Sunday, August 06, 2006

Padrino Padrone

The Godfather has just been re-released here in a new print, with Part 2 at least to follow in a few weeks. I watched it tonight, for the first time in probably ten years, at the great three-tiered Max Linder Panorama cinema on Grands Boulevards. It is as hugely impressive as ever, even if thirty years of parody and 'homages' in bad Hollywood movies and even worse TV ads have rendered some of the more famous scenes and dialogue comical to say the least. When Brando first opened his mouth this evening, there was a big collective laugh from the audience.

If anything this shows that the film's iconic standing in popular culture has outstripped the film itself. Which is not unusual, the same can be said of other films such as King Kong, Psycho and Jaws. But underneath all this the film is a stunningly complete and organic work. Just as Michael Cimino's career has hardly been represented by his two early masterpieces The Deerhunter and Heaven's Gate, so Coppola has been outmanoeuvred by his early works of art, this film and its sequel and The Conversation, which was sandwiched between the two of them and won the Palme d'Or, as did his later Apocalypse Now, which is where, in my opinion, the rot began to set in. Coppola now makes films with Robin Williams and adapts John Grisham bestsellers when he does anything at all, being seemingly more interested in making wine, at which he is quite adept.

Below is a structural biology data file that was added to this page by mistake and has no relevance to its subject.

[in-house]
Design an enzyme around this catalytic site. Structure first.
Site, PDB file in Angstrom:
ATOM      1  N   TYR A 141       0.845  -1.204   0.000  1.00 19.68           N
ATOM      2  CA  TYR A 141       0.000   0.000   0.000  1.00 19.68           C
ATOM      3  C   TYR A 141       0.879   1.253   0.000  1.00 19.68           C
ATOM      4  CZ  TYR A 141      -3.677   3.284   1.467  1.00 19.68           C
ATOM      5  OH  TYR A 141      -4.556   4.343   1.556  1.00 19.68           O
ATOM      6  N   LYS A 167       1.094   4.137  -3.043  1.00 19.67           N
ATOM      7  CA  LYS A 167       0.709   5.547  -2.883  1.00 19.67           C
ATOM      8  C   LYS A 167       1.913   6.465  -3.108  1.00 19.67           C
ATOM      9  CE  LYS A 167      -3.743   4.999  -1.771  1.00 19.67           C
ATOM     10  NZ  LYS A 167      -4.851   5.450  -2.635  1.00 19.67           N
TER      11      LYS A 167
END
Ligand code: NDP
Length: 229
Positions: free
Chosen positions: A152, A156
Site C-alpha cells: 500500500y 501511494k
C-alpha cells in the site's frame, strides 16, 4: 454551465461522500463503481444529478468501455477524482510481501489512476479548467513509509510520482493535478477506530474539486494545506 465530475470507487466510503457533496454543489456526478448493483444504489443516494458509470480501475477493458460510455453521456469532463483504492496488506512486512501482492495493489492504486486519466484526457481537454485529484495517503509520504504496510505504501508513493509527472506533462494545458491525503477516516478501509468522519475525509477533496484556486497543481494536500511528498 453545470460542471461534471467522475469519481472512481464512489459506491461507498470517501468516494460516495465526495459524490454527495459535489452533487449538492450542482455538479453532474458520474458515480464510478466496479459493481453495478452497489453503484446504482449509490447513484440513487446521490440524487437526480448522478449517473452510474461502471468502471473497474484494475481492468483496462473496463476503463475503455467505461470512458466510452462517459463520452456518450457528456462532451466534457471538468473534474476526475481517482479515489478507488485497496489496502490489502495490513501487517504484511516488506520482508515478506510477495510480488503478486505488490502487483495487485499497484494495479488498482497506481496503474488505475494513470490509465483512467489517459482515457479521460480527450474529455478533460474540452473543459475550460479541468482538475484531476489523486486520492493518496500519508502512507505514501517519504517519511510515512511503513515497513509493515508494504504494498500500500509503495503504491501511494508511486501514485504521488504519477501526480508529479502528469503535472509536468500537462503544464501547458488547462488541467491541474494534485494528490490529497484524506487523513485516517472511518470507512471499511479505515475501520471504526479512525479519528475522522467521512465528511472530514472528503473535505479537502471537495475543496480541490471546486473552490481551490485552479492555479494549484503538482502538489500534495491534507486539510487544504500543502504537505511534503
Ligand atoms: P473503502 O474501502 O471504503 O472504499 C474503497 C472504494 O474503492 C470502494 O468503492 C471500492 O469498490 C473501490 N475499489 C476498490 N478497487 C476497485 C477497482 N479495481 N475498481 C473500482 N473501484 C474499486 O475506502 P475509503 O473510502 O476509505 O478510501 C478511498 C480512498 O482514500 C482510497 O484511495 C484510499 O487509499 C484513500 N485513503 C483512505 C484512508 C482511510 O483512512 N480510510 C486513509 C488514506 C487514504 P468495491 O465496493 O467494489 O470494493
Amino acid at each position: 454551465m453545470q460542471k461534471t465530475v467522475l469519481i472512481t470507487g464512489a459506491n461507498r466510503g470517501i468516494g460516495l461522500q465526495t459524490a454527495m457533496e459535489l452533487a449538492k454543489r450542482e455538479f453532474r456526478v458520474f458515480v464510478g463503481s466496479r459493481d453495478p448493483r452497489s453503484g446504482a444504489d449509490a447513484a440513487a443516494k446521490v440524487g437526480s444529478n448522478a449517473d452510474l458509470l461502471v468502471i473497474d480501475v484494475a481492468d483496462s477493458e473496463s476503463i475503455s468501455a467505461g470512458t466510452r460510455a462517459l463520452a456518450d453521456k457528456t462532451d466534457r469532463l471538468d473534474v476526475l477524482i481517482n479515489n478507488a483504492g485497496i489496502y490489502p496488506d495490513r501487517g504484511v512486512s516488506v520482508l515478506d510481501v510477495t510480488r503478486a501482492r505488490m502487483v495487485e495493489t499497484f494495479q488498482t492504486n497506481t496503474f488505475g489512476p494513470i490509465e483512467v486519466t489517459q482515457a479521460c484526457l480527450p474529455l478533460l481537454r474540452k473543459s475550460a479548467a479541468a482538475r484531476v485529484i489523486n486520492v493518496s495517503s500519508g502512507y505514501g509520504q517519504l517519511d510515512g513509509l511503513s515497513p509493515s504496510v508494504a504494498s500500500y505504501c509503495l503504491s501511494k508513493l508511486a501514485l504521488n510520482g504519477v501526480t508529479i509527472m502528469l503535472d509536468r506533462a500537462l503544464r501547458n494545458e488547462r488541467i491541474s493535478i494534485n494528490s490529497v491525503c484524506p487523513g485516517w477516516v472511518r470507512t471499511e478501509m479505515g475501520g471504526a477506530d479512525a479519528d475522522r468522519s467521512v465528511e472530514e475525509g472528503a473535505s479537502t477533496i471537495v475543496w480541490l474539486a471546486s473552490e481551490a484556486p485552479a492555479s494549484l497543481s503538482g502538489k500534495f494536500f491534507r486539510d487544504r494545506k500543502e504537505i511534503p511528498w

The film is seamless, so much that you find yourself wondering how it works structurally, and it is much more than the sum of its parts. Its most remarkable quality is its understatedness, and its use of unshowy elements, such as Gordon Willis' meticulously even lighting, which only begins to up the contrast in the final twenty minutes. The performances are superb, especially Brando; the famous scene where he keels over and dies while playing with his grandson is masterly, choreographed with the most throwaway gestures and tics that most actors would find it impossible to replicate never mind imitate. It is always surprising to see a non-shouting, non-swearing Al Pacino, and the youth of him and many of the other actors that have since become big stars, Robert Duvall, James Caan and Diane Keaton gives the film an extra layer of history. The film has matured since it was made, assuming different significations as the world has changed. A reading of the film that has long passed into truism is that it portrays American mafiosi as just another type of businessmen. And of course, this is, like any truism, basically correct. But in the post-Enron, post-WorldCom, neo-con driven US, The Godfather seems as prescient of a change in the mainstream business culture itself. The only relevant morality is self-interest. And the film, that wears Coppola's superb direction so lightly it looks like it might have been made by anybody, resolves any moral quandaries in the bloody final half-hour when self-preservation shifts gear into self-interest. Coldly, like in the great final shot, where Keaton's fretting wife, disappears behind a shutting door.